“If I can’t use pesetas to Paddington
And my bahts won’t get me to Brent
I’ll wager a week of your wages
That I’ll get there without paying a cent!”

“Done!” said the clerk, having noticed the policeman
Who’d entered and heard what was said
“For as soon as you try to get through with no ticket
You’ll be travelling to Strangeways instead!”

“Why there you are  wrong”, the other returned
“I shall not be resorting to crime.
If you give me an hour and a few dozen leaflets
Your wages will soon become mine!”

And with that he was gone, with an elegant stride,
Leaving policeman and clerk quite bemused
Yet not half an hour later they saw him return
Looking thoughtful and faintly amused

“Well now” he said to the clerk through the grill
“Be so good as to listen with care
For I shall explain why I should get a ticket
Without paying a thing for the fare

Now for £28 you would give me a ticket
To take me to Brent in a thrice
While a railcard for students would set me back 12
But enable my travelling half price

It follows, therefore, that a railcard, if bought,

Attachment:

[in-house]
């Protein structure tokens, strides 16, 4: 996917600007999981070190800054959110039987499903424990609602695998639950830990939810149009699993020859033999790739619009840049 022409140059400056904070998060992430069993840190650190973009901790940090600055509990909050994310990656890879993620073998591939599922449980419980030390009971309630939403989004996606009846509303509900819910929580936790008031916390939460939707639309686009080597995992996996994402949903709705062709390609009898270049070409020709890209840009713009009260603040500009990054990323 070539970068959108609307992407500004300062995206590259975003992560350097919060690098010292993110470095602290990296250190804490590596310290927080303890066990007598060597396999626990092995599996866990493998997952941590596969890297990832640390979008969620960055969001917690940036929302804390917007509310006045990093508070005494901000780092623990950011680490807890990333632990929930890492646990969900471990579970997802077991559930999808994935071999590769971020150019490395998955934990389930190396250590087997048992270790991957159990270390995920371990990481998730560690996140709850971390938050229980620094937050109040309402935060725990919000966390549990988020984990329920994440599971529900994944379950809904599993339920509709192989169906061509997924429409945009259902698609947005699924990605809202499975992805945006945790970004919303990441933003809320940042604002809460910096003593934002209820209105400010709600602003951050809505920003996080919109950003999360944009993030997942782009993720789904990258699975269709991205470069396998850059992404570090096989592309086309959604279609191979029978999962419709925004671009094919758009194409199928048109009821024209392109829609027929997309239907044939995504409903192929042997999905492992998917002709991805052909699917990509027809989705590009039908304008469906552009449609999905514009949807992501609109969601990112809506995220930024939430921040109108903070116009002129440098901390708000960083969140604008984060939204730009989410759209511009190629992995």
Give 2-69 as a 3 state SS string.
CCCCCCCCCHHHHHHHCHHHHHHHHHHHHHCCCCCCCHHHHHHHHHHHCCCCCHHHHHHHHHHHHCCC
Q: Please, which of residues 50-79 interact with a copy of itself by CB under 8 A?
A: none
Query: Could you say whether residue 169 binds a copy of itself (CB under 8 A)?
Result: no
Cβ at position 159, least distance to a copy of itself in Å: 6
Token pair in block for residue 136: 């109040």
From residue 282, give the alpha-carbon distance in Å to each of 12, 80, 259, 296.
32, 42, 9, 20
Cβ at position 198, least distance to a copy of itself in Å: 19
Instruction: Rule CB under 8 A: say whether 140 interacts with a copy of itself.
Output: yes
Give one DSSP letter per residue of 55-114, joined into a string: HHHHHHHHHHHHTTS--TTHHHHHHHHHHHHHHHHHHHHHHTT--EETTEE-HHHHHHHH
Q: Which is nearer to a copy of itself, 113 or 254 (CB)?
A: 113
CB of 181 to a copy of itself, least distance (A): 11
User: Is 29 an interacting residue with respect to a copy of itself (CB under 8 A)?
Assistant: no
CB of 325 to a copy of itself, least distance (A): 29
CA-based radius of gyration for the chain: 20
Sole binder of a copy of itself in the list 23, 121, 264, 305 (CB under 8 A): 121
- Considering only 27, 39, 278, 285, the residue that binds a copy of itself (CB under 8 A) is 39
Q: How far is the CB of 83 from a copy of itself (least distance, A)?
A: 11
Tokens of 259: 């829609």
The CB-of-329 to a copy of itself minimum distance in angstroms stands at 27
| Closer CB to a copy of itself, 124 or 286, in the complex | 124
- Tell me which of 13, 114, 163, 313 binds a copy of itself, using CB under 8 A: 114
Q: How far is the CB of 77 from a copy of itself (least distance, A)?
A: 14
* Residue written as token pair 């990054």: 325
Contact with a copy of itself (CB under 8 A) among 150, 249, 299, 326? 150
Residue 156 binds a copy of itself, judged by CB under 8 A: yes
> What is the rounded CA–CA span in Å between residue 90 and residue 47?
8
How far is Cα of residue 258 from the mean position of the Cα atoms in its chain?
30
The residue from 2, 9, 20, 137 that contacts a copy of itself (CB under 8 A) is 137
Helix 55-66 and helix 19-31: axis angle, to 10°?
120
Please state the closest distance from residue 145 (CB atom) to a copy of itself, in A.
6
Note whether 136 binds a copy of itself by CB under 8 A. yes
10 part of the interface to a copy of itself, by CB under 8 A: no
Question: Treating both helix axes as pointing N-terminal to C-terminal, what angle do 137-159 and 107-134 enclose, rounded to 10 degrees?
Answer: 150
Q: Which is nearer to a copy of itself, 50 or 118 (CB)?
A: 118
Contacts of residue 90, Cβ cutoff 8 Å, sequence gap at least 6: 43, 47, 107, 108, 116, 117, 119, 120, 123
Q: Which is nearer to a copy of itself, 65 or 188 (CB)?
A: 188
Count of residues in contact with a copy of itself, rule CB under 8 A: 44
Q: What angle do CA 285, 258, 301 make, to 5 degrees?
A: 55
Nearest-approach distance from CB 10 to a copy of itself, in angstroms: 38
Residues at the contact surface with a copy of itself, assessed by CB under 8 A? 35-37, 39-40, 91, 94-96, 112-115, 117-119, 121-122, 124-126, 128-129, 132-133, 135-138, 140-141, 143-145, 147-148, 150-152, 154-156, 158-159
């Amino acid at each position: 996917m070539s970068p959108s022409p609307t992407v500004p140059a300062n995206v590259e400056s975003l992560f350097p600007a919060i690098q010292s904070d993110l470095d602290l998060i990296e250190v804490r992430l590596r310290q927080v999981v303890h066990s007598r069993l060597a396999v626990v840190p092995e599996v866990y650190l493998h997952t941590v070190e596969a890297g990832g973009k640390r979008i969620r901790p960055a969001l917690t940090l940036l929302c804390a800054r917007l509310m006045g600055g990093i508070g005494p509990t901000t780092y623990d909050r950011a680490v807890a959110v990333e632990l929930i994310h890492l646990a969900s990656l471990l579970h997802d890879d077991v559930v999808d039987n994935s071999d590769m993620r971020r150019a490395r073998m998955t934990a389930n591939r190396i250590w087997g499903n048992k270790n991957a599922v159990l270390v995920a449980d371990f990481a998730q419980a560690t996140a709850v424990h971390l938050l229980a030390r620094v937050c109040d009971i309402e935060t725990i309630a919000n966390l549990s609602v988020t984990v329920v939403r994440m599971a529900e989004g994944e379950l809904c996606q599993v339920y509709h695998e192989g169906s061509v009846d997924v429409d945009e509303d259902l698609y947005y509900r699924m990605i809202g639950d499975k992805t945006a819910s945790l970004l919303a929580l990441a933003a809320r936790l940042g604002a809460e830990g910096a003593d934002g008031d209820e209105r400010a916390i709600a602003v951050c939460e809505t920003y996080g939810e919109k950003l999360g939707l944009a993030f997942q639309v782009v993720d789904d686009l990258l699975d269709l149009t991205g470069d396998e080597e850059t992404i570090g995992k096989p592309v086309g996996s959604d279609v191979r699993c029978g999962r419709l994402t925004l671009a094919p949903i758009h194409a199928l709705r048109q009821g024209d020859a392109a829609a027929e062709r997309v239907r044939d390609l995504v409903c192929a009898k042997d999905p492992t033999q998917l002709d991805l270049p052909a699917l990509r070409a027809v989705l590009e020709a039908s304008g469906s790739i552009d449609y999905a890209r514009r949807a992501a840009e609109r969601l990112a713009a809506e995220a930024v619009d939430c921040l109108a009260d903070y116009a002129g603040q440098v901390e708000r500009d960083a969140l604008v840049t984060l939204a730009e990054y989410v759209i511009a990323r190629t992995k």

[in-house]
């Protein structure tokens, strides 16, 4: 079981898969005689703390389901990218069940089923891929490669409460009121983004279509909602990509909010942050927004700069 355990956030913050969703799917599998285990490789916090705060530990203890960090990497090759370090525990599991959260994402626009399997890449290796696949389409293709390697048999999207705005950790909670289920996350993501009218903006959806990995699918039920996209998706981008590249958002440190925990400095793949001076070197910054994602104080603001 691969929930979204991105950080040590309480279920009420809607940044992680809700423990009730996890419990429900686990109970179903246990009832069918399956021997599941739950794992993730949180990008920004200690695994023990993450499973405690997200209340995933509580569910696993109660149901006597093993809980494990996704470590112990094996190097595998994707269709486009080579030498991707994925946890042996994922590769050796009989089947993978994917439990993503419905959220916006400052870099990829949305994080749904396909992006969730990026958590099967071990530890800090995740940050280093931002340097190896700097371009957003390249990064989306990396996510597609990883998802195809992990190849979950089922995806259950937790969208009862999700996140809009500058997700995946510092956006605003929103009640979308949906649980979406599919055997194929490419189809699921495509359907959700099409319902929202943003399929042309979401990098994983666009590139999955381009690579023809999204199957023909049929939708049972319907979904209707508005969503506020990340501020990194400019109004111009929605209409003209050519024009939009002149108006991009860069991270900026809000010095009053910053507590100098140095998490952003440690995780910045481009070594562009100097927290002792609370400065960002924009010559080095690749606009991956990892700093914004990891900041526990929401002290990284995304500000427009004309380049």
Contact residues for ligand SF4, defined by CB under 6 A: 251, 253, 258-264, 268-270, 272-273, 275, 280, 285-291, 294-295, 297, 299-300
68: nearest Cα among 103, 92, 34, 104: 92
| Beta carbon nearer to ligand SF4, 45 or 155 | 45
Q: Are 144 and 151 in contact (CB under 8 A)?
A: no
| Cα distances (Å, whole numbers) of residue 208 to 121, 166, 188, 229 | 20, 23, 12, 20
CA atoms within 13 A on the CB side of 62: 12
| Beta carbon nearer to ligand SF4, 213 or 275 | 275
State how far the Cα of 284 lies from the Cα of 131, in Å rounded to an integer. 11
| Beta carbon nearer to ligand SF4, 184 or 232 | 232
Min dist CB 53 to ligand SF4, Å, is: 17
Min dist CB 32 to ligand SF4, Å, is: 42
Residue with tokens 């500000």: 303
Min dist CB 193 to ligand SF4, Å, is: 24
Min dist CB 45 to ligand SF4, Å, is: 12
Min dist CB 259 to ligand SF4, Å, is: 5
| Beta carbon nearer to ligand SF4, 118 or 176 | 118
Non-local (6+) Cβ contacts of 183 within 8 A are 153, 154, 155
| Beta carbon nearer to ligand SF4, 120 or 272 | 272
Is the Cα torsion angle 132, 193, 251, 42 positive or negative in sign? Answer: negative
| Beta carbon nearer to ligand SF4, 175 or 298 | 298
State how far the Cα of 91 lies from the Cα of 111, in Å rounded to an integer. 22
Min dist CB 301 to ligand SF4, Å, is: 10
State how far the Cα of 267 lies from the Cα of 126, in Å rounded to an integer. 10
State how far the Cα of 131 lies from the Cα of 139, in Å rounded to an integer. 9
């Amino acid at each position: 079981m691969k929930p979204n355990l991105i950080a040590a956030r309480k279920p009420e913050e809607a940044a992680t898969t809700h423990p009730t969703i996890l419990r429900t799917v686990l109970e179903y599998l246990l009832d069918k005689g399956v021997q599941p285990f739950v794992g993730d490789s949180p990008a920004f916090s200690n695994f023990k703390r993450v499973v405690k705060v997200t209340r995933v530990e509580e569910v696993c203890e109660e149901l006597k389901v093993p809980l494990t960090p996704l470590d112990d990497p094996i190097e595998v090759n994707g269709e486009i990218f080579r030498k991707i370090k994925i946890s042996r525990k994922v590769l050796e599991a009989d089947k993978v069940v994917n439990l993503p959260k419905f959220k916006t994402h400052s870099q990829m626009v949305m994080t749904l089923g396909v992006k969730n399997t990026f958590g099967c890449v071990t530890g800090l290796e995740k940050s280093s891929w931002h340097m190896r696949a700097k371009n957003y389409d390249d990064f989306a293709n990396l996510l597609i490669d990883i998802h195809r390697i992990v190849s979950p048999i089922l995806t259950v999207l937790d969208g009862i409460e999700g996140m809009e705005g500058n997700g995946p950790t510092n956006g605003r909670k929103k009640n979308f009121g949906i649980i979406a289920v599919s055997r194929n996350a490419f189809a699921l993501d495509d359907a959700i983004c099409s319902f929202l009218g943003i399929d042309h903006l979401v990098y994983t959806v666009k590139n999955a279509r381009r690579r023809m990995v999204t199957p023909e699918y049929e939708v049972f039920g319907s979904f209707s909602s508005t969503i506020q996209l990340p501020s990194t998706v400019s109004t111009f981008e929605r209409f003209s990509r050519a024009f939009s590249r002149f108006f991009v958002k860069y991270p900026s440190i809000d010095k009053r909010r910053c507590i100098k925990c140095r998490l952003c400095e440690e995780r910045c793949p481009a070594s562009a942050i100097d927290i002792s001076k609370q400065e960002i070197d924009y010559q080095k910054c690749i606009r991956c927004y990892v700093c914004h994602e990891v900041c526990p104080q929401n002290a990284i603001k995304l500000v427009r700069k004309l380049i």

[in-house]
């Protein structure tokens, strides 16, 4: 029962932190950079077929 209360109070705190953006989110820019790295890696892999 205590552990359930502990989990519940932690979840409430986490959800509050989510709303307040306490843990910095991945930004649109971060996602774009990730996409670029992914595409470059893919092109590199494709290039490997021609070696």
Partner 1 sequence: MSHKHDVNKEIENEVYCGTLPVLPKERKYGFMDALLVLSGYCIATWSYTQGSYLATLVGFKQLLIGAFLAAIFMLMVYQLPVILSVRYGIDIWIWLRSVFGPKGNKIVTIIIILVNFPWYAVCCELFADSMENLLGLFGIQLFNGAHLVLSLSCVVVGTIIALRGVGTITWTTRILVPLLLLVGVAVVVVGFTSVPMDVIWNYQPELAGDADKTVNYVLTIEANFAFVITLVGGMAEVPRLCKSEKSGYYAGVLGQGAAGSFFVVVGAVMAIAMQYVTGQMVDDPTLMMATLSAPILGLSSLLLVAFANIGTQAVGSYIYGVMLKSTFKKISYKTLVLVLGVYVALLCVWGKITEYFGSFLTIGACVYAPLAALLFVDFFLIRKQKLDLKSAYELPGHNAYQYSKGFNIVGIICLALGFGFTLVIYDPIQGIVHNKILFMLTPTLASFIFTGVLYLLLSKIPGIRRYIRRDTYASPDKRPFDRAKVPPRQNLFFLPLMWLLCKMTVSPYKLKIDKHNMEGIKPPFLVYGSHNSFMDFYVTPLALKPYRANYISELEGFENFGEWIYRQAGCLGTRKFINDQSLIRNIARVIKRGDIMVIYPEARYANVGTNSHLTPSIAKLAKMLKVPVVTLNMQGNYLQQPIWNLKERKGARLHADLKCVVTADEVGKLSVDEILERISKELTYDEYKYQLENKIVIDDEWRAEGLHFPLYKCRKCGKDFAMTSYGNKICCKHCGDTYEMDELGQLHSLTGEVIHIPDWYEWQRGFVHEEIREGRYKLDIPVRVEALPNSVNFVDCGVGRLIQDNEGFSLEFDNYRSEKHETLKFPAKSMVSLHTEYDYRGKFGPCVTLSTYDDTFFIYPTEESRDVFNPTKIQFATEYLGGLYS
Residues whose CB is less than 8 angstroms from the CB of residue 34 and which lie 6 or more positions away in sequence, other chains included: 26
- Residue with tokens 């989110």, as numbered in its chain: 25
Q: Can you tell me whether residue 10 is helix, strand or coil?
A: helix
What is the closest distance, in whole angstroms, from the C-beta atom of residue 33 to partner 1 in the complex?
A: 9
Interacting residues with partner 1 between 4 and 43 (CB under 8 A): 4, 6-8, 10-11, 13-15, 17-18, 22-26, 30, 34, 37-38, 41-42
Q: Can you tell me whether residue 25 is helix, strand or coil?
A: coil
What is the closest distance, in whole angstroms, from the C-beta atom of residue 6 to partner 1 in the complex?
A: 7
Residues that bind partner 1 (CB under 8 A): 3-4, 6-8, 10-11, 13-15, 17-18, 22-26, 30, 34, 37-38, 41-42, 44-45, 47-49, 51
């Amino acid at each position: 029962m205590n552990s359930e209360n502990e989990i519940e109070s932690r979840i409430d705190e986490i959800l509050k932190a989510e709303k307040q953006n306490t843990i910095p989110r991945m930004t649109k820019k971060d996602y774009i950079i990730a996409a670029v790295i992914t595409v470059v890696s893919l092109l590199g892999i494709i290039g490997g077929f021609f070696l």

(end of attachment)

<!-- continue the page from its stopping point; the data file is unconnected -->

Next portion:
Would mean fourteen pounds in my pocket
With that I would buy the half price fare to Brent
And, not having paid, have the ticket!”

“Curses!” the clerk was provoked to reply
“I’m confused but your logic seems sound
Here, take what I owe you, a week of my wages –
It comes to not even one pound

This is because I am on a week’s trial
And if I were to give you a ticket
The amount that I lost from my till would be taken
From my wages, so you’ll have to stick it!”


The Way It Works

Based on shop-working experience and written when I was very young but probably not unusual in any business, it is the challenge that introverts always have in convincing their superiors that you do not have to be loud to be successful.

Promotion is a notion I have harboured in my mind
From a company view I’m ‘Mr Who? – I thought that he’d resigned’
But way below where workers go, efficiency’s the game
I trust my staff and make them laugh, so they won’t fear my name

Every day I always say ‘well done’ to all my team
Who’ve worked for me conscientiously – no need to make a scene
Yet Mr Bell is giving hell to those beneath his power
Although he’s young he has a tongue to make the staunchest cower
He acts so tough ‘we’ve had enough’ all those beneath him mutter
Their work rate slows, their fatigue shows, they all think he’s a nutter

Then one fine day, directors pay a visit to the shop
‘What is this?’ ‘Where is that?’ Their questions never stop
And while they’re there they stop to hear one voice above the rest
Yes, Mr Bell, performing well, is trying to sound his best

As orders fly and staff just sigh within young Bell’s department
The top men see efficiency and note, on company parchment:
‘Confident, impressive – a man with motivation
Thoroughly hard-working, deserves quick elevation’

And so quite soon the news comes through that Mr Bell’s promoted
For those like me who work quietly, that feels like being demoted

1 Response